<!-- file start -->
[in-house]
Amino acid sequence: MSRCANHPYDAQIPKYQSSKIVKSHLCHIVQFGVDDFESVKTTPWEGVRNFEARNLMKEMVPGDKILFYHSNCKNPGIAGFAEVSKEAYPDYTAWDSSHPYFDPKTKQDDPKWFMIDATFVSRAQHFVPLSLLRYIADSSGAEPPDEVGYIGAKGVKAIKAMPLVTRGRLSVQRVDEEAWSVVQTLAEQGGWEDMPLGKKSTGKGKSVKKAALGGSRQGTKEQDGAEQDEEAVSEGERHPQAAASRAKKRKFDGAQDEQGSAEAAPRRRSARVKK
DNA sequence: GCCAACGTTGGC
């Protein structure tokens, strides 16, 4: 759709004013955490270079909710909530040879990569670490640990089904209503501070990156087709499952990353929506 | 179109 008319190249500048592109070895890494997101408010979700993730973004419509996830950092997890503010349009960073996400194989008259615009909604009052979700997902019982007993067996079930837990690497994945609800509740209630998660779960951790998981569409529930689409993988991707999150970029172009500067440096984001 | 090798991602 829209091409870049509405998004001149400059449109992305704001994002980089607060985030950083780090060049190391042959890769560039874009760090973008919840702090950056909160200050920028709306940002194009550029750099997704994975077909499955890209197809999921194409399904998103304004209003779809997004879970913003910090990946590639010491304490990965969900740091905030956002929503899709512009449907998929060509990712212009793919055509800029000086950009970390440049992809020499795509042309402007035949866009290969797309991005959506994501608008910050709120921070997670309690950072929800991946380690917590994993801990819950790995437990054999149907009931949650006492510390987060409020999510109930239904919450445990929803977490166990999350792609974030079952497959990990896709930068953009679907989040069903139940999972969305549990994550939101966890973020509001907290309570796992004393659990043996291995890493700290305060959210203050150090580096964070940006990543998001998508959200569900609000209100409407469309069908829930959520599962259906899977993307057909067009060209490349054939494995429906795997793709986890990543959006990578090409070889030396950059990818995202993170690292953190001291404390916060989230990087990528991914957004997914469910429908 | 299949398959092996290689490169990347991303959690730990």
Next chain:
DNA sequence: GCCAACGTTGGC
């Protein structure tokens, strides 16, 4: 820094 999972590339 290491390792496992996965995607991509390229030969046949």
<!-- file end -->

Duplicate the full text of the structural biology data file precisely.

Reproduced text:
[in-house]
Amino acid sequence: MSRCANHPYDAQIPKYQSSKIVKSHLCHIVQFGVDDFESVKTTPWEGVRNFEARNLMKEMVPGDKILFYHSNCKNPGIAGFAEVSKEAYPDYTAWDSSHPYFDPKTKQDDPKWFMIDATFVSRAQHFVPLSLLRYIADSSGAEPPDEVGYIGAKGVKAIKAMPLVTRGRLSVQRVDEEAWSVVQTLAEQGGWEDMPLGKKSTGKGKSVKKAALGGSRQGTKEQDGAEQDEEAVSEGERHPQAAASRAKKRKFDGAQDEQGSAEAAPRRRSARVKK
DNA sequence: GCCAACGTTGGC
């Protein structure tokens, strides 16, 4: 759709004013955490270079909710909530040879990569670490640990089904209503501070990156087709499952990353929506 | 179109 008319190249500048592109070895890494997101408010979700993730973004419509996830950092997890503010349009960073996400194989008259615009909604009052979700997902019982007993067996079930837990690497994945609800509740209630998660779960951790998981569409529930689409993988991707999150970029172009500067440096984001 | 090798991602 829209091409870049509405998004001149400059449109992305704001994002980089607060985030950083780090060049190391042959890769560039874009760090973008919840702090950056909160200050920028709306940002194009550029750099997704994975077909499955890209197809999921194409399904998103304004209003779809997004879970913003910090990946590639010491304490990965969900740091905030956002929503899709512009449907998929060509990712212009793919055509800029000086950009970390440049992809020499795509042309402007035949866009290969797309991005959506994501608008910050709120921070997670309690950072929800991946380690917590994993801990819950790995437990054999149907009931949650006492510390987060409020999510109930239904919450445990929803977490166990999350792609974030079952497959990990896709930068953009679907989040069903139940999972969305549990994550939101966890973020509001907290309570796992004393659990043996291995890493700290305060959210203050150090580096964070940006990543998001998508959200569900609000209100409407469309069908829930959520599962259906899977993307057909067009060209490349054939494995429906795997793709986890990543959006990578090409070889030396950059990818995202993170690292953190001291404390916060989230990087990528991914957004997914469910429908 | 299949398959092996290689490169990347991303959690730990």
Next chain:
DNA sequence: GCCAACGTTGGC
């Protein structure tokens, strides 16, 4: 820094 999972590339 290491390792496992996965995607991509390229030969046949």